It’s barely underway, but there’s already drama trickling out of "The Ultimate Fighter 16" house. Not from the crop of welterweight participants, who are still shrouded in mystery and being canned for preservation just like the old Spike days.
It’s from the coach, UFC heavyweight Roy Nelson, who hand-picked a peculiar coaching staff to help mold the upstarts -- people who didn’t necessarily meet with UFC president Dana White’s approval.
Who were they? There was former Strikeforce light heavyweight champion/current Bellator fighter Muhammad Lawal, who is serving a nine-month suspension for testing positive for an anabolic steroid; there was Kurt Angle, the professional wrestler and one-time Olympic gold medalist; and then Victor Conte, who’s ran the gamut of morality in all things steroid related.
Not exactly the most fetching bunch of names -- in fact, it reads like a devil’s den of asterisks. But it does make you wonder what exactly Nelson and the proposed coaching staff would have been teaching. And that begs a further question -- wouldn’t that make for compelling television? This is “reality” television, after all, where drama and conflict are meant to play out candidly. That we commonly talk about TUF as being a house of bottled-up testosterone sort of broadens the set of qualifications to a visionary like Nelson.
Wouldn’t that crew know how to manipulate, canalize and redirect testosterone?
That’s a sadistic maybe, because we’ll never know -- Dana White put the kibosh on it. And that he did, both head coach and big boss have been barbing at each other via interviews and on Twitter. White told MMAFighting.com that Nelson is being a “pain in the a--.” Nelson told MMAJunkie.com “I’m always at the back of the bus when it comes to the UFC. I’m trying to further MMA to the next level, hold journalists up to higher standards, holding fights to higher standards, holding promotions to higher standards, holding athletic commissions to higher standards, and even holding the fans to higher standards.”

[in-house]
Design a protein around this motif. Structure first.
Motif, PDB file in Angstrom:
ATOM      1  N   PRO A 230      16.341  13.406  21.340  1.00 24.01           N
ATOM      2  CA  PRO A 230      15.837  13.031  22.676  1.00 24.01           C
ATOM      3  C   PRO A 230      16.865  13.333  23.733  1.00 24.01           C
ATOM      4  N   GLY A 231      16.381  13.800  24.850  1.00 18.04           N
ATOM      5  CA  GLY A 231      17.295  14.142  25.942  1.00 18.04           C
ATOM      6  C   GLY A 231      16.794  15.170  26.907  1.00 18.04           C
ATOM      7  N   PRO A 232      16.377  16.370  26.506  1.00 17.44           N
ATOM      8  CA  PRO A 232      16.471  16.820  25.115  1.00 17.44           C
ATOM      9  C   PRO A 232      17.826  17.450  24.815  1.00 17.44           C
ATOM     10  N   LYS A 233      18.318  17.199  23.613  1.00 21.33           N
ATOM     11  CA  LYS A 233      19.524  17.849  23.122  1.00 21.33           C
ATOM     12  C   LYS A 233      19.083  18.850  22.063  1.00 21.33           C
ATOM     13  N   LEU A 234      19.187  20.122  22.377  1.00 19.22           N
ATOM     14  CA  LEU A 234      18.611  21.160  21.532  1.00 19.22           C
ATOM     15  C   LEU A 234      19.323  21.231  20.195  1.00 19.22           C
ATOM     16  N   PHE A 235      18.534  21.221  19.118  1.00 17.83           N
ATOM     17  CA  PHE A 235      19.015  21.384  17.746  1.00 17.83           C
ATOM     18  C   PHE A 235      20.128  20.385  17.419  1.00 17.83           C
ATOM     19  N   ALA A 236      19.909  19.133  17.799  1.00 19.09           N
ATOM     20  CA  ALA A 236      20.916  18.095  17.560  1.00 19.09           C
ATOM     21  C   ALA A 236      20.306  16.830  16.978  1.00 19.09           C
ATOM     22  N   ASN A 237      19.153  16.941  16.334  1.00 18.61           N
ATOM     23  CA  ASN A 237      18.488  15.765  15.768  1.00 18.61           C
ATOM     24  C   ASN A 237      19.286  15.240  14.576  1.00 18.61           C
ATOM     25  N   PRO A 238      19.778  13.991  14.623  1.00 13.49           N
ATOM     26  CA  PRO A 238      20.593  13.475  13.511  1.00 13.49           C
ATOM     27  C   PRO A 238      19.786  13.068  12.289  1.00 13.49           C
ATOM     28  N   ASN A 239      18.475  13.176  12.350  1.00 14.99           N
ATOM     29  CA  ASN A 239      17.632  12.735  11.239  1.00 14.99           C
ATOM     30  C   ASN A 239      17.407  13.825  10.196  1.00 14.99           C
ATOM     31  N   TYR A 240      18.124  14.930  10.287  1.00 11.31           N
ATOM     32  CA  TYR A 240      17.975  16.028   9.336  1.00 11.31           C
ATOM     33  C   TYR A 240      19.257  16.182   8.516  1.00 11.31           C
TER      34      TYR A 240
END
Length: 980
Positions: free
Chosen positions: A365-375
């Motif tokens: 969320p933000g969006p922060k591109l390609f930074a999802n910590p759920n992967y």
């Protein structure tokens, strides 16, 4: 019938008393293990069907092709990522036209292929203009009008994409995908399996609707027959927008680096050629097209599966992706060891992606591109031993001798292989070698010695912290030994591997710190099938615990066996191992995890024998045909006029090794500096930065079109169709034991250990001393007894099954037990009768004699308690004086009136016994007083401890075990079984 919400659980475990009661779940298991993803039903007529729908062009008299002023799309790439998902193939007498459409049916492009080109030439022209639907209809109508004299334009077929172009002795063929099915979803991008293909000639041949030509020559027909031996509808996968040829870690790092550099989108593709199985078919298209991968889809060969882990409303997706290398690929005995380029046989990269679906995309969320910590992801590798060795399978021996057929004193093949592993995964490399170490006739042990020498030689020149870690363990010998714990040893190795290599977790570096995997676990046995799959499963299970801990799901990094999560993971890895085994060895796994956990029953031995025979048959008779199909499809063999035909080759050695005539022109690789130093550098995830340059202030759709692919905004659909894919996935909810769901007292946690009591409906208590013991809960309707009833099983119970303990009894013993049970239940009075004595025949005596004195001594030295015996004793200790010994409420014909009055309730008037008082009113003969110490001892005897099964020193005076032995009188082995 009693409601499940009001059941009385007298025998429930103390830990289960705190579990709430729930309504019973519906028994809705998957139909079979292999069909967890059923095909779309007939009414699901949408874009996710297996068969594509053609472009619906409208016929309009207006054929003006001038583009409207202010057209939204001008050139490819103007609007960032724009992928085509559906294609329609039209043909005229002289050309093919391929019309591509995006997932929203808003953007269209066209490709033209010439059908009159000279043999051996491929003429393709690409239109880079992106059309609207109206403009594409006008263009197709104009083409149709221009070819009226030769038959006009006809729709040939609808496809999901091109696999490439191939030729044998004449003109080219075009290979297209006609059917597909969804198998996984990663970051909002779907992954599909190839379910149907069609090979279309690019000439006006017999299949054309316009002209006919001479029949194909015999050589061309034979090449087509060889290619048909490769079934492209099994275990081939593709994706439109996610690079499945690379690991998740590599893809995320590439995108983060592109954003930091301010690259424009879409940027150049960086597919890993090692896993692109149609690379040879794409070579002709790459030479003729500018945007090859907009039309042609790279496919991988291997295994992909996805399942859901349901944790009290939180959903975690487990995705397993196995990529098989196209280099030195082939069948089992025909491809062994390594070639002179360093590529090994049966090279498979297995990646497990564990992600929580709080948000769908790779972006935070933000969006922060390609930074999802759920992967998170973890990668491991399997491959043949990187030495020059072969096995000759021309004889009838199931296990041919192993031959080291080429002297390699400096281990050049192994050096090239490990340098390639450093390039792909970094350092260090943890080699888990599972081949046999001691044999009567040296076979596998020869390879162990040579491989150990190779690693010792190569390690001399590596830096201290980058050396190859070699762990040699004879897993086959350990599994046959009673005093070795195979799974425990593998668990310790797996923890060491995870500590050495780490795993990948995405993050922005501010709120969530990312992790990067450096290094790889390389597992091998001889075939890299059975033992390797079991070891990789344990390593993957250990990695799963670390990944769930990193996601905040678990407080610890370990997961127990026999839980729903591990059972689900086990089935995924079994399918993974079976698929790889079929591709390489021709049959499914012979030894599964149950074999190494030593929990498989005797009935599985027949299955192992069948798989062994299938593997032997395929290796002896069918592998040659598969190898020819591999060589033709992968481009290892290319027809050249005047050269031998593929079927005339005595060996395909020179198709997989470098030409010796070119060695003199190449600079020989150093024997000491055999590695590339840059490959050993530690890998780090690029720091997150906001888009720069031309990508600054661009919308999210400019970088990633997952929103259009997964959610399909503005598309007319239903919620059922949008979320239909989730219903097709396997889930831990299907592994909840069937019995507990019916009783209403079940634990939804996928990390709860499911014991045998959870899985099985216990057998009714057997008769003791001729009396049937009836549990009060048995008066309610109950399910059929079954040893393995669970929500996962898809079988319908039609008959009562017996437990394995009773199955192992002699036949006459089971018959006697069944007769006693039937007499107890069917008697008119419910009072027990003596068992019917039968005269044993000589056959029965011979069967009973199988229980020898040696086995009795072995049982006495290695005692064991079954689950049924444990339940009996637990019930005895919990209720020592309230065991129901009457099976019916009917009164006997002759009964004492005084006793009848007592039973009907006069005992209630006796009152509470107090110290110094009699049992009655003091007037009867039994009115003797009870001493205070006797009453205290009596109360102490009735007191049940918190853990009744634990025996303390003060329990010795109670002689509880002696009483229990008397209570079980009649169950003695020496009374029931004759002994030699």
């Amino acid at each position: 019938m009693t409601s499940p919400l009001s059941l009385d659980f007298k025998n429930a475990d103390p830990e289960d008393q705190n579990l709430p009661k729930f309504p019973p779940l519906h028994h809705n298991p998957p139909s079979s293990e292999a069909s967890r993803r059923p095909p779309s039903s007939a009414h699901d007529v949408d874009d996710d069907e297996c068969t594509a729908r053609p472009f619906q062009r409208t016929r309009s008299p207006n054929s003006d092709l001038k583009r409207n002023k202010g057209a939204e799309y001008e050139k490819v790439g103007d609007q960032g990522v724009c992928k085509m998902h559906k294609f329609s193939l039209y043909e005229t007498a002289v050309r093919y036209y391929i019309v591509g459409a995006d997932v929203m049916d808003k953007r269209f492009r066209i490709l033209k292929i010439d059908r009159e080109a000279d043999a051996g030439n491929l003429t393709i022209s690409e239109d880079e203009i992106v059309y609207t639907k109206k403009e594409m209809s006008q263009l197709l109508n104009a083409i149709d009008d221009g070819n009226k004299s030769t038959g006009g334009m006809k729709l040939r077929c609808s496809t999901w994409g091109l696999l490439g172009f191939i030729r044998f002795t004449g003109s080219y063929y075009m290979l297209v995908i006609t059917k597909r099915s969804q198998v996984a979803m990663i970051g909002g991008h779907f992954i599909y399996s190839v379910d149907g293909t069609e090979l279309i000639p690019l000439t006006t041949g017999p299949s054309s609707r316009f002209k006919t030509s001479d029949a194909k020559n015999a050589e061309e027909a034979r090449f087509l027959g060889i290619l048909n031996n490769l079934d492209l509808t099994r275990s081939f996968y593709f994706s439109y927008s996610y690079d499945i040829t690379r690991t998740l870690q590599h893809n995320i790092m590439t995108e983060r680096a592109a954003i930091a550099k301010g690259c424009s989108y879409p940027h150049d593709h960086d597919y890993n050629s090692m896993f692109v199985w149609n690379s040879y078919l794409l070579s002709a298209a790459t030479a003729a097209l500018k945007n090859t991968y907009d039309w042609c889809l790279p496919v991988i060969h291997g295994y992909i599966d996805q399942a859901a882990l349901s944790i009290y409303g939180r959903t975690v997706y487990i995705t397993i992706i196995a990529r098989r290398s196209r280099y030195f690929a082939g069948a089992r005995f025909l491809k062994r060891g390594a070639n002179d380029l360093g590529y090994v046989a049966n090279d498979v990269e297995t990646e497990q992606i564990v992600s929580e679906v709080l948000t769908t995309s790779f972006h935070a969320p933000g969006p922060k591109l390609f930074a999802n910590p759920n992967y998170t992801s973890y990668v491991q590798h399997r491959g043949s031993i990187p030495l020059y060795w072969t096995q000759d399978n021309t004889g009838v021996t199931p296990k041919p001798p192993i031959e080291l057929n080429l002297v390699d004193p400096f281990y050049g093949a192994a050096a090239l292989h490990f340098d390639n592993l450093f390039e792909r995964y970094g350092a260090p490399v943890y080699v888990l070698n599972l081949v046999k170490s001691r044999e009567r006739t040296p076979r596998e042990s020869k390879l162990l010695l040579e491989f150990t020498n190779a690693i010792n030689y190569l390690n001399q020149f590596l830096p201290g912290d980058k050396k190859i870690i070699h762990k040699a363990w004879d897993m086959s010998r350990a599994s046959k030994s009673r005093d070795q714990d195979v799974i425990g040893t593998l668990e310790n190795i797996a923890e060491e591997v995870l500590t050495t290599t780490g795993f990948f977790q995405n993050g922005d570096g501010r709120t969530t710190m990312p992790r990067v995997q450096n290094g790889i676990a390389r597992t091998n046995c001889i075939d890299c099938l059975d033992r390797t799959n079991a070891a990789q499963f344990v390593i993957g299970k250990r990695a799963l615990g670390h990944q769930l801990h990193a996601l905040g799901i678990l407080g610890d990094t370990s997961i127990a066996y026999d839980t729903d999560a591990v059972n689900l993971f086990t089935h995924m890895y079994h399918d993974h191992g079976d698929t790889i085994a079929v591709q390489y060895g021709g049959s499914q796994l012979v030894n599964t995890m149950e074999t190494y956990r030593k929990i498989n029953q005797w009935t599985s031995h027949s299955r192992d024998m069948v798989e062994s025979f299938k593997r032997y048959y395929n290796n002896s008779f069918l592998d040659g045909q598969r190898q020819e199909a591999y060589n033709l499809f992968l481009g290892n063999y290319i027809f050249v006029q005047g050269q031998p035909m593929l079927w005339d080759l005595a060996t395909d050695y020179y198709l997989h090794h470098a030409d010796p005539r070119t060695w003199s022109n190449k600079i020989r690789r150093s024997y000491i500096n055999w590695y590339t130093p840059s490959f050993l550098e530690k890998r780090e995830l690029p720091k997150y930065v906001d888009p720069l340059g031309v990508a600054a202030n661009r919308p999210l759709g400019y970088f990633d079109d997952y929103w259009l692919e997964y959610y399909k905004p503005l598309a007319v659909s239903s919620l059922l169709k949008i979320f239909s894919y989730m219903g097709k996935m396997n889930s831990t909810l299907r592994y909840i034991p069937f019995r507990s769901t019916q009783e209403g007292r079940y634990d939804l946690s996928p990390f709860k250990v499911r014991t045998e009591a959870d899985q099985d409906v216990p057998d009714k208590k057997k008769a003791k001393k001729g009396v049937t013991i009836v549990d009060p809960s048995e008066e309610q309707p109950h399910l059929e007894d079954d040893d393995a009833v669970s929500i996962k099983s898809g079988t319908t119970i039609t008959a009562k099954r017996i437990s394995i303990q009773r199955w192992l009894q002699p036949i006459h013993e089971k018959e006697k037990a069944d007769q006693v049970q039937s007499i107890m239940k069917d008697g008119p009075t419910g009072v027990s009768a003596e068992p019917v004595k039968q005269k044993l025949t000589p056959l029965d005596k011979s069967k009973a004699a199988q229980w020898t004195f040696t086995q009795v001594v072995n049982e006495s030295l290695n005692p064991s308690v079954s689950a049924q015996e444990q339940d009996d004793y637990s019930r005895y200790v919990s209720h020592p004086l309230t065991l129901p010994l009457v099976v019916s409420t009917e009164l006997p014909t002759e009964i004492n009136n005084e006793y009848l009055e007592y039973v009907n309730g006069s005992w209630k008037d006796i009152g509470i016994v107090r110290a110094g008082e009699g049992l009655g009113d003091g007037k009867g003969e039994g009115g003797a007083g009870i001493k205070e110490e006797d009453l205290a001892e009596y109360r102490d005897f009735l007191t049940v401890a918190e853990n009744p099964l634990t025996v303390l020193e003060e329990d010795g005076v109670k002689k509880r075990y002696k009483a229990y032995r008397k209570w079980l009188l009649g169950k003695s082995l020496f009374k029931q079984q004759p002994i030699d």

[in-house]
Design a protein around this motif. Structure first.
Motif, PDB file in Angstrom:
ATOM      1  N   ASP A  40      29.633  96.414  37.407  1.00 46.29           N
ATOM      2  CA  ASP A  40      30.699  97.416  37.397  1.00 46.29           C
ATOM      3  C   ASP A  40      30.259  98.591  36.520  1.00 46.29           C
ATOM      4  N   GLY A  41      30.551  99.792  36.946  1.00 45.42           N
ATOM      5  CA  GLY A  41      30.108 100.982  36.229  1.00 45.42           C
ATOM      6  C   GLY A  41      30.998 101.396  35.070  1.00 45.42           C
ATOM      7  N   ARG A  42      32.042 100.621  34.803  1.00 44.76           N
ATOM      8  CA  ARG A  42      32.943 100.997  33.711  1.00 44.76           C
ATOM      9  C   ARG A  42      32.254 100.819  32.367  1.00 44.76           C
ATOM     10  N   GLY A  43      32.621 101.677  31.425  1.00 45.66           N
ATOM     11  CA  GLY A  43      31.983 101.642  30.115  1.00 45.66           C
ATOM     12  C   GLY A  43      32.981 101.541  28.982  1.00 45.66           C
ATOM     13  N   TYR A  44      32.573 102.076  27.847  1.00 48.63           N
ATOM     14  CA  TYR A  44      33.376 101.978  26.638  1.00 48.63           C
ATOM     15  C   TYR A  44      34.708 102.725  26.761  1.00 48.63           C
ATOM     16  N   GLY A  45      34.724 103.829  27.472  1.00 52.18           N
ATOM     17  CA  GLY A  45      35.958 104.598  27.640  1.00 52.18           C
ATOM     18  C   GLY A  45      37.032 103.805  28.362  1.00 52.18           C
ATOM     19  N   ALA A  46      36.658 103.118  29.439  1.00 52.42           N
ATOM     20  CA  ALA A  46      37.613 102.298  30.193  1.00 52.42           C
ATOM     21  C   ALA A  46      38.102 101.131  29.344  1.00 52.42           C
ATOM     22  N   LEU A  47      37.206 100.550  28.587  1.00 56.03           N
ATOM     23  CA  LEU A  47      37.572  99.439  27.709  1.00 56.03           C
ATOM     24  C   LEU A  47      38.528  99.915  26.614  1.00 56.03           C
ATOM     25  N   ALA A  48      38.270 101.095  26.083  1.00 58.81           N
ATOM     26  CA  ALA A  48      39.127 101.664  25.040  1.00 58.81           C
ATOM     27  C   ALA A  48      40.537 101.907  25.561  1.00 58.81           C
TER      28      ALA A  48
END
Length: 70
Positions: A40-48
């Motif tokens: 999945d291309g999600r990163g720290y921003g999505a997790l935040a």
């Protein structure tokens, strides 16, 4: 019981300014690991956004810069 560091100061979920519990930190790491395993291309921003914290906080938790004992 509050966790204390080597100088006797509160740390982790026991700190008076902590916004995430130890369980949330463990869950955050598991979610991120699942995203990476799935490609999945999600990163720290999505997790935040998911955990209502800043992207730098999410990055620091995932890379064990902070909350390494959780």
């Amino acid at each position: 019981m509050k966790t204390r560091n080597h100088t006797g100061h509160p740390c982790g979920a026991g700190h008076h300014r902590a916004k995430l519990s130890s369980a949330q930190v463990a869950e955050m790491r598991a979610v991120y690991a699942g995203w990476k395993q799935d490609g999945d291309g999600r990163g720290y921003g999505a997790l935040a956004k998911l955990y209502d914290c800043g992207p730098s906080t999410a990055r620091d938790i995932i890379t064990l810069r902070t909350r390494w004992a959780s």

It sounds like a pioneering effort was being hatched by Nelson. Instead, he is compromising with more savory names that make sense to the company and brand image. They are Skrap Packers like Jake Shields and Gilbert Melendez, and the Diaz brothers, Nick and Nate.
You know it’s a strange situation when the Diaz’s appear more savory than the alternative. The conflict between coach Nelson and opposing coach Shane Carwin isn’t the centerpiece of drama -- it’s between Nelson and White, who’ve been contentious off and on for years.
It wasn’t that long ago that Nelson was meeting with White to discuss the matter of just staying on the UFC roster. A win over Dave Herman later, and the boldness we saw from Nelson on TUF 10 comes storming back. White has never been a fan of Nelson’s attitude, the Falstaffian physique, nor the nature of all that hair and beard. Yet he still gives him opportunities.
Nelson has done an infuriating job of politely ignoring White’s tastes. And he still dances to White’s tune.
All of this should dial up the intrigue just a little bit when the new season of TUF airs in September on FX. But it’s a reminder once again that the inmates don’t run the big house (even the most persistent inmates). White does. And in this case it’s hard to find fault with his reasoning for saying no to a coaching staff of Lawal, Angle and Conte. When associations are so strong, dissociations can be smart.
But you can’t help but feel a pang. When a show is accused of growing stale and here comes Nelson thinking way outside the box, wouldn’t it have been fun to see what was up his sleeve?